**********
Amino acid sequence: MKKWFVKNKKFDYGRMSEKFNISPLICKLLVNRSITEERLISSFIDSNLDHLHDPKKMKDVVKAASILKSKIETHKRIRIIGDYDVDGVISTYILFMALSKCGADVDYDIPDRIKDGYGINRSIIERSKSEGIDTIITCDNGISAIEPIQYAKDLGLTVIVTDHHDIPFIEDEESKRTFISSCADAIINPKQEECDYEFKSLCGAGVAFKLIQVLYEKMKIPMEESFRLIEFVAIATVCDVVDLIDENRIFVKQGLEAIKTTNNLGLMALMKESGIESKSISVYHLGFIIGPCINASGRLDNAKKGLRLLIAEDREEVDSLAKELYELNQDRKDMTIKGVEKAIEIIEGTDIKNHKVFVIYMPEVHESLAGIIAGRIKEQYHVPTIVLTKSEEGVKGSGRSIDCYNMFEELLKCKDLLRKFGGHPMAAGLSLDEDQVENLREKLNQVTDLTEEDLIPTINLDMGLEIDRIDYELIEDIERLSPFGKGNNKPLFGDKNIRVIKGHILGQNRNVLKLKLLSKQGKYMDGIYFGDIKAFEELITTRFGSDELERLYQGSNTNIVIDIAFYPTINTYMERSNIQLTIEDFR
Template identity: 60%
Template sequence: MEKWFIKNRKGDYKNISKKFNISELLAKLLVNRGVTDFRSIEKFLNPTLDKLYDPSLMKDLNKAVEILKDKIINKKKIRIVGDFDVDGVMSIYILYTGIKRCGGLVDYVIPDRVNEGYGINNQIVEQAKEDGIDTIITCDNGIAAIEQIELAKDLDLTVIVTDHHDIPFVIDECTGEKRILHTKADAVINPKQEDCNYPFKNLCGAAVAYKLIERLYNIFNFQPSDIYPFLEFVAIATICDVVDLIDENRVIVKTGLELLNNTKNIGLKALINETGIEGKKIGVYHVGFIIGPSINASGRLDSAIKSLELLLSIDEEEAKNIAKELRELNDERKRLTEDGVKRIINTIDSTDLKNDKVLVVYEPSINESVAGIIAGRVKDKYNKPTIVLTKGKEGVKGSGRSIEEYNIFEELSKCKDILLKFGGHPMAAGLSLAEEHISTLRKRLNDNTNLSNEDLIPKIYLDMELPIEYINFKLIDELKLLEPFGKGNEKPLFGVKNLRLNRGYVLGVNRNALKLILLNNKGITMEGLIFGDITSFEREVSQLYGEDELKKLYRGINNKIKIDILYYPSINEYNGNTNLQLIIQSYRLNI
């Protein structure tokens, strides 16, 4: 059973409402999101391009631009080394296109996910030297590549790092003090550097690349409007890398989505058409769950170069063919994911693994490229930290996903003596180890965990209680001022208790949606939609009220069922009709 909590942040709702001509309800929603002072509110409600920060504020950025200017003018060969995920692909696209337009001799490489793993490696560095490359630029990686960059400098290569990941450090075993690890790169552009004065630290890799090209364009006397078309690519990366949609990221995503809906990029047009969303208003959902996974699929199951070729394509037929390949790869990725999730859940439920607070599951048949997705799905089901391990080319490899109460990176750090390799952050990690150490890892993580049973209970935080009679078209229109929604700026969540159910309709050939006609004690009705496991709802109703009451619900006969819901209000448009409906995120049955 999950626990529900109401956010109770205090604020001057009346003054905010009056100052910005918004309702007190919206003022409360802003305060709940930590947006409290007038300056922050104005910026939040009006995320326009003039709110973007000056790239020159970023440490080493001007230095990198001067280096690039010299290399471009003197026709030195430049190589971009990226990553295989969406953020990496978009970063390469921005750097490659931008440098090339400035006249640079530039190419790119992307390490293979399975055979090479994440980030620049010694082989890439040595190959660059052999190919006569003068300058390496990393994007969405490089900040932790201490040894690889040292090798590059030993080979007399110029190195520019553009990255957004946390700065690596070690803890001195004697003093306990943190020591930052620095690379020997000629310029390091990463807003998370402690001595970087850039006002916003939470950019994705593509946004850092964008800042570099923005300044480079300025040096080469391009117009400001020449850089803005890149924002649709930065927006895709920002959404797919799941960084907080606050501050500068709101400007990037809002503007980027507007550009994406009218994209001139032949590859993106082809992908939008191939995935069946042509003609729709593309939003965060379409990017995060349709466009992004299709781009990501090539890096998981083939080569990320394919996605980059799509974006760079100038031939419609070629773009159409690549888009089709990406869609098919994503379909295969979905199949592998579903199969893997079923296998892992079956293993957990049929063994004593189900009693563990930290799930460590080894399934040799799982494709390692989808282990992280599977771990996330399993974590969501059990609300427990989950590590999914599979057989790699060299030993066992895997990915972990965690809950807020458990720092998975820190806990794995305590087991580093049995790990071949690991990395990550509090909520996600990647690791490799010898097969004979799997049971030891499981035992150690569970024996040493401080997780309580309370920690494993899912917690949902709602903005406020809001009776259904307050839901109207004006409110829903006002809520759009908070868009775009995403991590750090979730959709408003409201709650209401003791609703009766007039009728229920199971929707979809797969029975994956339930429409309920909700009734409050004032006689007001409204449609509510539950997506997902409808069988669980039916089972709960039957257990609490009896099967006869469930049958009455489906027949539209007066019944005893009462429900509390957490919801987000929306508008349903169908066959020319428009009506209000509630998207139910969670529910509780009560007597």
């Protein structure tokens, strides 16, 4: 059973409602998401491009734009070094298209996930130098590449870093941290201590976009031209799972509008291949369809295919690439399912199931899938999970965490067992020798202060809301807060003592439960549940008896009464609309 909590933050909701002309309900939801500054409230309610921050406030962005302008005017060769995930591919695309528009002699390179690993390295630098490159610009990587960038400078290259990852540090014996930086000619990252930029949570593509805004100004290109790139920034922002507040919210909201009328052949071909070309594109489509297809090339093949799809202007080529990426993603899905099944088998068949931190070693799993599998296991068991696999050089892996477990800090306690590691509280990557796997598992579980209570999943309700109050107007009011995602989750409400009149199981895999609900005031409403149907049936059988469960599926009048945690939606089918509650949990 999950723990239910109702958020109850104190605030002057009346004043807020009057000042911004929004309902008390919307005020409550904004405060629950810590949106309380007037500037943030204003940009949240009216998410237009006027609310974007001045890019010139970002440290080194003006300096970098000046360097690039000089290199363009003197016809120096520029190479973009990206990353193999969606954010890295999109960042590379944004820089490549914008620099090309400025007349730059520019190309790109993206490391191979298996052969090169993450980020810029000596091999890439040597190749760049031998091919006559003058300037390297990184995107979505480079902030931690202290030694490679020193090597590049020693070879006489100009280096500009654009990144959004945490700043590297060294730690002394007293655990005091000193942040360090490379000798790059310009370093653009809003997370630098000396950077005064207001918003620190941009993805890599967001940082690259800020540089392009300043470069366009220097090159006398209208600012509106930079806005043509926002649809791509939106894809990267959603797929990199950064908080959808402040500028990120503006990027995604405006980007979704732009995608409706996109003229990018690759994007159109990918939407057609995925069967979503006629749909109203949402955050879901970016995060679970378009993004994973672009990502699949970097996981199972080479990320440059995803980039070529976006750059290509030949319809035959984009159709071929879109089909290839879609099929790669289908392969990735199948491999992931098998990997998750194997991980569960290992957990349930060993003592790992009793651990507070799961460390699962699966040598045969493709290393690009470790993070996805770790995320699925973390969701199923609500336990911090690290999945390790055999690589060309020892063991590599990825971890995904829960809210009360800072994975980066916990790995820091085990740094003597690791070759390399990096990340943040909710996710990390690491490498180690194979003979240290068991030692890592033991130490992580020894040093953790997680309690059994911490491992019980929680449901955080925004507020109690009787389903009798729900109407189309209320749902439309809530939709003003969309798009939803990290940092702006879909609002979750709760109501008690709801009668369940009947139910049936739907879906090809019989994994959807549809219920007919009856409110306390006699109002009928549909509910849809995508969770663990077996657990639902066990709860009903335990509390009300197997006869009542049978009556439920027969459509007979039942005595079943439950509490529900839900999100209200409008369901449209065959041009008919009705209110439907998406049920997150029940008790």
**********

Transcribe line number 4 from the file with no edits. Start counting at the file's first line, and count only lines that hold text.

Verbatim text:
């Protein structure tokens, strides 16, 4: 059973409402999101391009631009080394296109996910030297590549790092003090550097690349409007890398989505058409769950170069063919994911693994490229930290996903003596180890965990209680001022208790949606939609009220069922009709 909590942040709702001509309800929603002072509110409600920060504020950025200017003018060969995920692909696209337009001799490489793993490696560095490359630029990686960059400098290569990941450090075993690890790169552009004065630290890799090209364009006397078309690519990366949609990221995503809906990029047009969303208003959902996974699929199951070729394509037929390949790869990725999730859940439920607070599951048949997705799905089901391990080319490899109460990176750090390799952050990690150490890892993580049973209970935080009679078209229109929604700026969540159910309709050939006609004690009705496991709802109703009451619900006969819901209000448009409906995120049955 999950626990529900109401956010109770205090604020001057009346003054905010009056100052910005918004309702007190919206003022409360802003305060709940930590947006409290007038300056922050104005910026939040009006995320326009003039709110973007000056790239020159970023440490080493001007230095990198001067280096690039010299290399471009003197026709030195430049190589971009990226990553295989969406953020990496978009970063390469921005750097490659931008440098090339400035006249640079530039190419790119992307390490293979399975055979090479994440980030620049010694082989890439040595190959660059052999190919006569003068300058390496990393994007969405490089900040932790201490040894690889040292090798590059030993080979007399110029190195520019553009990255957004946390700065690596070690803890001195004697003093306990943190020591930052620095690379020997000629310029390091990463807003998370402690001595970087850039006002916003939470950019994705593509946004850092964008800042570099923005300044480079300025040096080469391009117009400001020449850089803005890149924002649709930065927006895709920002959404797919799941960084907080606050501050500068709101400007990037809002503007980027507007550009994406009218994209001139032949590859993106082809992908939008191939995935069946042509003609729709593309939003965060379409990017995060349709466009992004299709781009990501090539890096998981083939080569990320394919996605980059799509974006760079100038031939419609070629773009159409690549888009089709990406869609098919994503379909295969979905199949592998579903199969893997079923296998892992079956293993957990049929063994004593189900009693563990930290799930460590080894399934040799799982494709390692989808282990992280599977771990996330399993974590969501059990609300427990989950590590999914599979057989790699060299030993066992895997990915972990965690809950807020458990720092998975820190806990794995305590087991580093049995790990071949690991990395990550509090909520996600990647690791490799010898097969004979799997049971030891499981035992150690569970024996040493401080997780309580309370920690494993899912917690949902709602903005406020809001009776259904307050839901109207004006409110829903006002809520759009908070868009775009995403991590750090979730959709408003409201709650209401003791609703009766007039009728229920199971929707979809797969029975994956339930429409309920909700009734409050004032006689007001409204449609509510539950997506997902409808069988669980039916089972709960039957257990609490009896099967006869469930049958009455489906027949539209007066019944005893009462429900509390957490919801987000929306508008349903169908066959020319428009009506209000509630998207139910969670529910509780009560007597």